Discussing what are the “best” songs by The Tragically Hip is the wrong sort of topic to introduce if one finds oneself in a small Canadian town. It may seem like a great conversation starter because The Tragically Hip is an Ontario band that has been loved by its countrymen for decades, but it can easily go awry because fans also spend an inordinate amount of time weighing the pros and cons of every release since the eponymous debut EP in 1987.
That debut barely hinted at the kind of longevity these musicians — singer Gord Downie, drummer Johnny Fay, and guitarists Rob Baker, Paul Langlois, and Gord Sinclair — were destined for. Over the next three decades, The Tragically Hip would release over 14 albums, some more critically acclaimed than others, all appreciated by fans who grew up listening to the band and then followed them faithfully for the rest of the ride.
Why The Tragically Hip didn’t achieve the kind of global renown enjoyed by some of their contemporaries is a question that pales into insignificance when one considers the music they left behind in the wake of Gord Downie’s passing. It is vital, both of and beyond its time, and capable of tipping one into a state of euphoria the way only genuinely exciting rock’n’roll can.
This is a list of songs for casual fans or newcomers to The Tragically Hip sound. May you be welcomed into the tribe the way so many others have lucky enough to be.
The Hard Rockers
(Little Bones, Three Pistols, So Hard Done By, Poets, Blow at High Dough)
The easiest way to let The Tragically Hip into your system is by allowing their no-nonsense tunes to barrel through and take over your sound system. “Little Bones” and “Three Pistols” are both from the 1991 album Road Apples, their first No.1 in Canada and still a fan favorite that refuses to get old. It’s easy to see why they dive into these tunes without preamble, the guitars chugging from 0 to 60 just seconds after the opening bars. That momentum does not let up.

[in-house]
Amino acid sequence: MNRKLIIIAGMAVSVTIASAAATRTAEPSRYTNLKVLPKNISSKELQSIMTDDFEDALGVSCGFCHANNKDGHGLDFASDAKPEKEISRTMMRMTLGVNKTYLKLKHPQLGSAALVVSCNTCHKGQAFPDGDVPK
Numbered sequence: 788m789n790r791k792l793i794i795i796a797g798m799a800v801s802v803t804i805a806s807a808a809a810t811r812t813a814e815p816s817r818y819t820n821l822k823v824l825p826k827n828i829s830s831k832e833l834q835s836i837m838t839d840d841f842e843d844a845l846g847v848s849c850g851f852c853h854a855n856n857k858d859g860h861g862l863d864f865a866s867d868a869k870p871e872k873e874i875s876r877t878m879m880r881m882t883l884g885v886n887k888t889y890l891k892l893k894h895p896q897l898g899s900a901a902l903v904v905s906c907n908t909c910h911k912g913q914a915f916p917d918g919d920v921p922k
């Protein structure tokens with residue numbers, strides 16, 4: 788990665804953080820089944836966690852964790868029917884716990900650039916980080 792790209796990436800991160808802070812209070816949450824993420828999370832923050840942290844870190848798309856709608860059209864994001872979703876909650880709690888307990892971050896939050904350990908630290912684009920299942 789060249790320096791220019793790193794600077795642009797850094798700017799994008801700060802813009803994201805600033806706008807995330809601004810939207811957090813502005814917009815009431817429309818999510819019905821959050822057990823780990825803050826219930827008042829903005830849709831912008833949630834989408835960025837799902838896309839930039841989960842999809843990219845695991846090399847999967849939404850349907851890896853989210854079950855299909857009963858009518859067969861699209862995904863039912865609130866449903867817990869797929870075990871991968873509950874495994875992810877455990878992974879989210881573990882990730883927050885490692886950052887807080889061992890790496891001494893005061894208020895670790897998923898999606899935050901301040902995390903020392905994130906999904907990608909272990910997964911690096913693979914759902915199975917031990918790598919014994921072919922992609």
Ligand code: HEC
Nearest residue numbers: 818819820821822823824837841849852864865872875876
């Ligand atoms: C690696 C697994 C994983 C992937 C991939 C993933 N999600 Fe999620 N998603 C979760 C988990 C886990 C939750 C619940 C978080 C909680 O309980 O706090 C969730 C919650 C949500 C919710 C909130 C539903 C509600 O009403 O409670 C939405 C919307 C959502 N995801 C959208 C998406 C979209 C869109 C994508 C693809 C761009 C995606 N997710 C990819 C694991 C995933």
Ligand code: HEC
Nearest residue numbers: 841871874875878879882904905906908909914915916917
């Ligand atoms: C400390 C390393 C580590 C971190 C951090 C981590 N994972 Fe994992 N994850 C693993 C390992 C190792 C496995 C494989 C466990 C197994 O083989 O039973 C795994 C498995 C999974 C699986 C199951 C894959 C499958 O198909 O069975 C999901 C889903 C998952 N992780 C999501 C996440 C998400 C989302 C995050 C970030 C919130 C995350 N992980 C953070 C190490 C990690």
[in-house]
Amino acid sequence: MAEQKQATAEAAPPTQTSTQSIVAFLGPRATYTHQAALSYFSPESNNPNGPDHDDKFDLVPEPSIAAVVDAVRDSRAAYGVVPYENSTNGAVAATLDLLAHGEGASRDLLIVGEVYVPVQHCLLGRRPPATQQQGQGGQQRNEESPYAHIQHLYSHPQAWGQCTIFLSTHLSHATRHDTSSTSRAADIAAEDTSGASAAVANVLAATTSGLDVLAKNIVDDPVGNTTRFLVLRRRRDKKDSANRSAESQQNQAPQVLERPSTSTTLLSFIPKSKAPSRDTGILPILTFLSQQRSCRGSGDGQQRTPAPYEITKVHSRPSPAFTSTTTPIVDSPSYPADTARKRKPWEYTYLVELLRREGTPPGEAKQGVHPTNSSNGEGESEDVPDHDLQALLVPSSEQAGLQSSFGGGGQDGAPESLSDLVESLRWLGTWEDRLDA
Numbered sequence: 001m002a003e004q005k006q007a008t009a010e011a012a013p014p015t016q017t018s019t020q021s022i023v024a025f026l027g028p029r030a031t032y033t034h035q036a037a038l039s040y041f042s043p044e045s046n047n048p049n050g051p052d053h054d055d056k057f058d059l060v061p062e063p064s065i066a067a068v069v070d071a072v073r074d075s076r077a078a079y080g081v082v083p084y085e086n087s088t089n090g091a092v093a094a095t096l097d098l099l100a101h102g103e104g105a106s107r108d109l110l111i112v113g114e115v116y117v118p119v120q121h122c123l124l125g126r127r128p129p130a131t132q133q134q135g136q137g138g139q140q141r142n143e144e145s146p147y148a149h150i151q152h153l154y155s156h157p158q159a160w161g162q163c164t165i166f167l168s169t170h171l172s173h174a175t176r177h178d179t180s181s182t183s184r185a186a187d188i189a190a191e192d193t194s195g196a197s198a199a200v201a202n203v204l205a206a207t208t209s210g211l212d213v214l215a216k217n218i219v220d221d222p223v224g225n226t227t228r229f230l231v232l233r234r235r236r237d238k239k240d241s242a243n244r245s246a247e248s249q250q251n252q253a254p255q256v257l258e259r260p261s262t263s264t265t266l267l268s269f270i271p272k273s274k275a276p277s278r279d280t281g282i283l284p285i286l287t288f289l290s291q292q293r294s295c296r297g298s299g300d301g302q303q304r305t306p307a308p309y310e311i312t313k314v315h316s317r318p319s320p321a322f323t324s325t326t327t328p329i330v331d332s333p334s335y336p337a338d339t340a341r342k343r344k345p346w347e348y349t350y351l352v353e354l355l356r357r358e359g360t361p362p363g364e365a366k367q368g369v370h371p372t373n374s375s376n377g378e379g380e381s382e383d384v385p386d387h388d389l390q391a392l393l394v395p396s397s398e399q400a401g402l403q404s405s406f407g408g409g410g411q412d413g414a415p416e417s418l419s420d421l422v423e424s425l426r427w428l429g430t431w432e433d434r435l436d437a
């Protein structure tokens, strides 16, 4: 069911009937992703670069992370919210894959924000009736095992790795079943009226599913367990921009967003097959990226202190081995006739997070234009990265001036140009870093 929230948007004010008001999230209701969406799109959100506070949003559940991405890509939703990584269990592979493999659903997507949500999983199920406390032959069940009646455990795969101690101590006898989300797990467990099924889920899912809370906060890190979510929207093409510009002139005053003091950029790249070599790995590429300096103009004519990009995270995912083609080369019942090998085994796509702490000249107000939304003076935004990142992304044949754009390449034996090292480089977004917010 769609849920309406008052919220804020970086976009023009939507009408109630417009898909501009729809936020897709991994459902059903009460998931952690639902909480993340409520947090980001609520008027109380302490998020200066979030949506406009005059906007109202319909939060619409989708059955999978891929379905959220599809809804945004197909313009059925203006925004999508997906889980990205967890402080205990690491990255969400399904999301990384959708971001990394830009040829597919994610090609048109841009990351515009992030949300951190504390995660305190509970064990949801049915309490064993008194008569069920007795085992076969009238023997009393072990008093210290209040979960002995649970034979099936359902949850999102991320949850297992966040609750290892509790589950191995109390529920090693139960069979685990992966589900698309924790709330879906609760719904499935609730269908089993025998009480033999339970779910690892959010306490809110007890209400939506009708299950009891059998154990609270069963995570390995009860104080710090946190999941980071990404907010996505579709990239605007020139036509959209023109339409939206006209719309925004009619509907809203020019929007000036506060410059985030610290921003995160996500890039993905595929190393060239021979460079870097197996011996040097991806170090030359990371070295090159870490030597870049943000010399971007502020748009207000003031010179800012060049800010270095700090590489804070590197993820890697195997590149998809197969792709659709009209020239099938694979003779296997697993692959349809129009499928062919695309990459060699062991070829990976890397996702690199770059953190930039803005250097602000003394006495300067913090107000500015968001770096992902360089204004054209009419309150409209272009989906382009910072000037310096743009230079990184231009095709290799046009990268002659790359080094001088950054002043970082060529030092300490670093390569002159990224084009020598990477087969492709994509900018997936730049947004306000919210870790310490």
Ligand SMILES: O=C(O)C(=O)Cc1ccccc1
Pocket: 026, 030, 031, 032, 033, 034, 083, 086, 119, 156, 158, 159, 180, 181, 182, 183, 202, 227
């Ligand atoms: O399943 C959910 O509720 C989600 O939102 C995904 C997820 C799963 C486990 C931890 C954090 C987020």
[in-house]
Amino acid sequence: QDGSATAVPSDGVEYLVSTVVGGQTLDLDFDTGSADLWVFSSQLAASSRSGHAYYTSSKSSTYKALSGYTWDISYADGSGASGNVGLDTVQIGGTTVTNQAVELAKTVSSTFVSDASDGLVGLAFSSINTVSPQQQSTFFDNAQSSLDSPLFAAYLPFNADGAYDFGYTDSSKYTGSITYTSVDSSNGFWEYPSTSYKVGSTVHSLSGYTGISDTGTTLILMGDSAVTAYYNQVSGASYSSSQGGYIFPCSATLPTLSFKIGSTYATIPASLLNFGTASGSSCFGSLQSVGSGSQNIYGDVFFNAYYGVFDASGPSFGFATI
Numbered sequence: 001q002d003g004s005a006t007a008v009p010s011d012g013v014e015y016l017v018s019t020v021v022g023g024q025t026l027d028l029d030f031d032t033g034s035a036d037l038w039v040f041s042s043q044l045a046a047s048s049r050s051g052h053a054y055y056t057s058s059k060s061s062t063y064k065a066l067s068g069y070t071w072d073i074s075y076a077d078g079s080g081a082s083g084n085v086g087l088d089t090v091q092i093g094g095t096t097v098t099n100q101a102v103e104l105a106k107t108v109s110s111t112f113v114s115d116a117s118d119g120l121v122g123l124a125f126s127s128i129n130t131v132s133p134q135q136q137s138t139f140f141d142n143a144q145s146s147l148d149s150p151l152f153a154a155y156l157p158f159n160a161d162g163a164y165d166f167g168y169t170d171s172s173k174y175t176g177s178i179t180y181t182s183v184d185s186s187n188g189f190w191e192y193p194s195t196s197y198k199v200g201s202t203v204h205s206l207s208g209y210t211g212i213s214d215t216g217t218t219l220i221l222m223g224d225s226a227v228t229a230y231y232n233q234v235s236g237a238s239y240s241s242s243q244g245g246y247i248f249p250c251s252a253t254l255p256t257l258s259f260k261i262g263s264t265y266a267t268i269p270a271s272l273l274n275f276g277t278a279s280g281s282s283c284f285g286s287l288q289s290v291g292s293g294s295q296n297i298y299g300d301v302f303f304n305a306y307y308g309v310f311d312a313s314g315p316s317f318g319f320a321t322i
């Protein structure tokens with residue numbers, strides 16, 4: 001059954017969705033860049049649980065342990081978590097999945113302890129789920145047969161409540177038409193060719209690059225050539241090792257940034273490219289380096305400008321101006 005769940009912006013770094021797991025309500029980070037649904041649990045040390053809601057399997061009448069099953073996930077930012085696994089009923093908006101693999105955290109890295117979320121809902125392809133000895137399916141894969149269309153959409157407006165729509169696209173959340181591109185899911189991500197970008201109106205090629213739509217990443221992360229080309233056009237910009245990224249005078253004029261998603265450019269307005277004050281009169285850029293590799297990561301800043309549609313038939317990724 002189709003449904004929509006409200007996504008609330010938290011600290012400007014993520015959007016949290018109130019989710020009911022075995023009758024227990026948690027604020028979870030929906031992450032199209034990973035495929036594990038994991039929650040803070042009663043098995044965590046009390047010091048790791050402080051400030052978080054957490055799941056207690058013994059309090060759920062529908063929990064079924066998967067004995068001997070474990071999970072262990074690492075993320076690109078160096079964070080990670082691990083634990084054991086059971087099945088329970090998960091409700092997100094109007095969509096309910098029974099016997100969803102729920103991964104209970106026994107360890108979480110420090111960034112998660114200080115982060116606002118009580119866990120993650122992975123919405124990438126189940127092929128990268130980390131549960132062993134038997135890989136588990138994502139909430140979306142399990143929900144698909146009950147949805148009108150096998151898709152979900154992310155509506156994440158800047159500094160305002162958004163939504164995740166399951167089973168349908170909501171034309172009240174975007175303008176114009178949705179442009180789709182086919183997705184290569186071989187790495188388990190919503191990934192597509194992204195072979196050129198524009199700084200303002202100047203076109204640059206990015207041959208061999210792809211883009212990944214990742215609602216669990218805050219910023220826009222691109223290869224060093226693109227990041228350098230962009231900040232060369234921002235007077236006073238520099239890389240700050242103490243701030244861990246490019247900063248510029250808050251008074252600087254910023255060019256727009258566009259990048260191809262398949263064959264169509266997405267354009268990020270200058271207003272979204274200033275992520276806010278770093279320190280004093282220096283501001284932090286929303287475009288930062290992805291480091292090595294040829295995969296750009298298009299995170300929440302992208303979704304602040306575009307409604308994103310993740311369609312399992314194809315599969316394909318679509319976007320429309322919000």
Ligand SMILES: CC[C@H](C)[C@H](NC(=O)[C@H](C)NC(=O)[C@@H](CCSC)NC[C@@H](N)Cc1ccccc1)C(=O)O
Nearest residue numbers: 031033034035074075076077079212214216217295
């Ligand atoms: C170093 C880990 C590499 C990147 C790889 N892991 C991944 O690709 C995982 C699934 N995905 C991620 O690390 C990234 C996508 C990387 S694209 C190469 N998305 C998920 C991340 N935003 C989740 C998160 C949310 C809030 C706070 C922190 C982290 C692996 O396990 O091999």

“So Hard Done By” exists in two versions, one on a reissue of Fully Completely, the other on the 1994 release Day for Night. Debating the pros and cons of each makes little sense because they both slither in the kind of way that makes young men play air guitar and dream of becoming rock stars.
It’s the same sort of vibe that powers “Poets”, a song that starts softly with the drums until the guitars and Downie’s vocals clamber on board. Whether it’s played at a bar or blasted at a stadium, the powerful rocker always gets people to tap and nod along: “Don’t tell me what the poets are doing, don’t tell me that they’re talking tough.”
A final rocker is “Blow at High Dough,” the lead single off their first studio album, Up to Here. As a precursor to the blues-heavy sound that would only get stronger over the following years, it’s a great introduction to their own influences as a young band.